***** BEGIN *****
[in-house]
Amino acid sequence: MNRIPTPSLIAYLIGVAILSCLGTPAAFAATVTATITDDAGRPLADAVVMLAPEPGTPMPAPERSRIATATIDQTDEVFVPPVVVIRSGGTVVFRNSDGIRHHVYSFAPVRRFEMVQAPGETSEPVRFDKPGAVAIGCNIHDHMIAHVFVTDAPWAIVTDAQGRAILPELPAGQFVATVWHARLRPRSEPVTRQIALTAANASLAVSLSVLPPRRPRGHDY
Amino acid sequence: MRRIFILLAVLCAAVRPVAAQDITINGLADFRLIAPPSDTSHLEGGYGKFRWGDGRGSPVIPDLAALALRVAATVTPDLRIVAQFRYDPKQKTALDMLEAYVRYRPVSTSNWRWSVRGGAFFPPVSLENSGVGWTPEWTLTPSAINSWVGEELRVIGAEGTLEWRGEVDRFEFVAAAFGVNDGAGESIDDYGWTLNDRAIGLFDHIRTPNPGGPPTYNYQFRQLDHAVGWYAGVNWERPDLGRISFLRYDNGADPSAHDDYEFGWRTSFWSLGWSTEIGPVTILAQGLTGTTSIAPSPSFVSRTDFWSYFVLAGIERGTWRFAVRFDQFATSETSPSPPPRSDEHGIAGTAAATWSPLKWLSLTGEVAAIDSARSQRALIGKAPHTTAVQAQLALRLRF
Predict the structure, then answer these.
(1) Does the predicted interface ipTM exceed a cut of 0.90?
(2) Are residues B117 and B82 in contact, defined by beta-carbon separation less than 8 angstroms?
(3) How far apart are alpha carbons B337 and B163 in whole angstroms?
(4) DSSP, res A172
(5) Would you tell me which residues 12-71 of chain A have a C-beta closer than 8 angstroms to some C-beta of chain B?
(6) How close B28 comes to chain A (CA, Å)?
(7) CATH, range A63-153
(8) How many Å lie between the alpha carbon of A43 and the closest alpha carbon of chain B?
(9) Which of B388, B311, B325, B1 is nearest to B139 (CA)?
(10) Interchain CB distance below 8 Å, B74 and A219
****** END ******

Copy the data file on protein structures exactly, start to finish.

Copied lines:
[in-house]
Amino acid sequence: MNRIPTPSLIAYLIGVAILSCLGTPAAFAATVTATITDDAGRPLADAVVMLAPEPGTPMPAPERSRIATATIDQTDEVFVPPVVVIRSGGTVVFRNSDGIRHHVYSFAPVRRFEMVQAPGETSEPVRFDKPGAVAIGCNIHDHMIAHVFVTDAPWAIVTDAQGRAILPELPAGQFVATVWHARLRPRSEPVTRQIALTAANASLAVSLSVLPPRRPRGHDY
Amino acid sequence: MRRIFILLAVLCAAVRPVAAQDITINGLADFRLIAPPSDTSHLEGGYGKFRWGDGRGSPVIPDLAALALRVAATVTPDLRIVAQFRYDPKQKTALDMLEAYVRYRPVSTSNWRWSVRGGAFFPPVSLENSGVGWTPEWTLTPSAINSWVGEELRVIGAEGTLEWRGEVDRFEFVAAAFGVNDGAGESIDDYGWTLNDRAIGLFDHIRTPNPGGPPTYNYQFRQLDHAVGWYAGVNWERPDLGRISFLRYDNGADPSAHDDYEFGWRTSFWSLGWSTEIGPVTILAQGLTGTTSIAPSPSFVSRTDFWSYFVLAGIERGTWRFAVRFDQFATSETSPSPPPRSDEHGIAGTAAATWSPLKWLSLTGEVAAIDSARSQRALIGKAPHTTAVQAQLALRLRF
Predict the structure, then answer these.
(1) Does the predicted interface ipTM exceed a cut of 0.90?
(2) Are residues B117 and B82 in contact, defined by beta-carbon separation less than 8 angstroms?
(3) How far apart are alpha carbons B337 and B163 in whole angstroms?
(4) DSSP, res A172
(5) Would you tell me which residues 12-71 of chain A have a C-beta closer than 8 angstroms to some C-beta of chain B?
(6) How close B28 comes to chain A (CA, Å)?
(7) CATH, range A63-153
(8) How many Å lie between the alpha carbon of A43 and the closest alpha carbon of chain B?
(9) Which of B388, B311, B325, B1 is nearest to B139 (CA)?
(10) Interchain CB distance below 8 Å, B74 and A219